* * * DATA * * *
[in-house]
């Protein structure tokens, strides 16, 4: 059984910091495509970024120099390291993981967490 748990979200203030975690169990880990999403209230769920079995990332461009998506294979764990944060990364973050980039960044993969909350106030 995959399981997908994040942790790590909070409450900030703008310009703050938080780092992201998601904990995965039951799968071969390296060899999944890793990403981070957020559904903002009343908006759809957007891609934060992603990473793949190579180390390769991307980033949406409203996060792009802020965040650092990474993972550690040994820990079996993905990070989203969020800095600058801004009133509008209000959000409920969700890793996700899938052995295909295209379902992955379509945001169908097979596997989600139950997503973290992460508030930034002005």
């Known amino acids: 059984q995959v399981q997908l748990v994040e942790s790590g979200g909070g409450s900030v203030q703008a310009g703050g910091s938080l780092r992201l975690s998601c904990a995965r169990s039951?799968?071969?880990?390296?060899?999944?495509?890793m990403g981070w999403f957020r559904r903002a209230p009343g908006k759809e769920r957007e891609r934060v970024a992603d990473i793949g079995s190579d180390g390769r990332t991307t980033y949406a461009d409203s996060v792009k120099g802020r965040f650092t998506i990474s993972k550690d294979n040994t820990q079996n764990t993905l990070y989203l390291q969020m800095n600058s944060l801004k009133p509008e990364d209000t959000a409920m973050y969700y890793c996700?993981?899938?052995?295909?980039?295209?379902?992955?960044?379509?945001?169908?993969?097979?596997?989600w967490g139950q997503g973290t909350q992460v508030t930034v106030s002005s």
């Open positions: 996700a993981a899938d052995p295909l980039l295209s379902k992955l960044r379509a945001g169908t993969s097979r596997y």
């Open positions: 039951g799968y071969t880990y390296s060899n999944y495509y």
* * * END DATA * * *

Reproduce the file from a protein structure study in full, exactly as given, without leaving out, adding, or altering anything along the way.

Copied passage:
[in-house]
């Protein structure tokens, strides 16, 4: 059984910091495509970024120099390291993981967490 748990979200203030975690169990880990999403209230769920079995990332461009998506294979764990944060990364973050980039960044993969909350106030 995959399981997908994040942790790590909070409450900030703008310009703050938080780092992201998601904990995965039951799968071969390296060899999944890793990403981070957020559904903002009343908006759809957007891609934060992603990473793949190579180390390769991307980033949406409203996060792009802020965040650092990474993972550690040994820990079996993905990070989203969020800095600058801004009133509008209000959000409920969700890793996700899938052995295909295209379902992955379509945001169908097979596997989600139950997503973290992460508030930034002005």
């Known amino acids: 059984q995959v399981q997908l748990v994040e942790s790590g979200g909070g409450s900030v203030q703008a310009g703050g910091s938080l780092r992201l975690s998601c904990a995965r169990s039951?799968?071969?880990?390296?060899?999944?495509?890793m990403g981070w999403f957020r559904r903002a209230p009343g908006k759809e769920r957007e891609r934060v970024a992603d990473i793949g079995s190579d180390g390769r990332t991307t980033y949406a461009d409203s996060v792009k120099g802020r965040f650092t998506i990474s993972k550690d294979n040994t820990q079996n764990t993905l990070y989203l390291q969020m800095n600058s944060l801004k009133p509008e990364d209000t959000a409920m973050y969700y890793c996700?993981?899938?052995?295909?980039?295209?379902?992955?960044?379509?945001?169908?993969?097979?596997?989600w967490g139950q997503g973290t909350q992460v508030t930034v106030s002005s």
């Open positions: 996700a993981a899938d052995p295909l980039l295209s379902k992955l960044r379509a945001g169908t993969s097979r596997y």
């Open positions: 039951g799968y071969t880990y390296s060899n999944y495509y």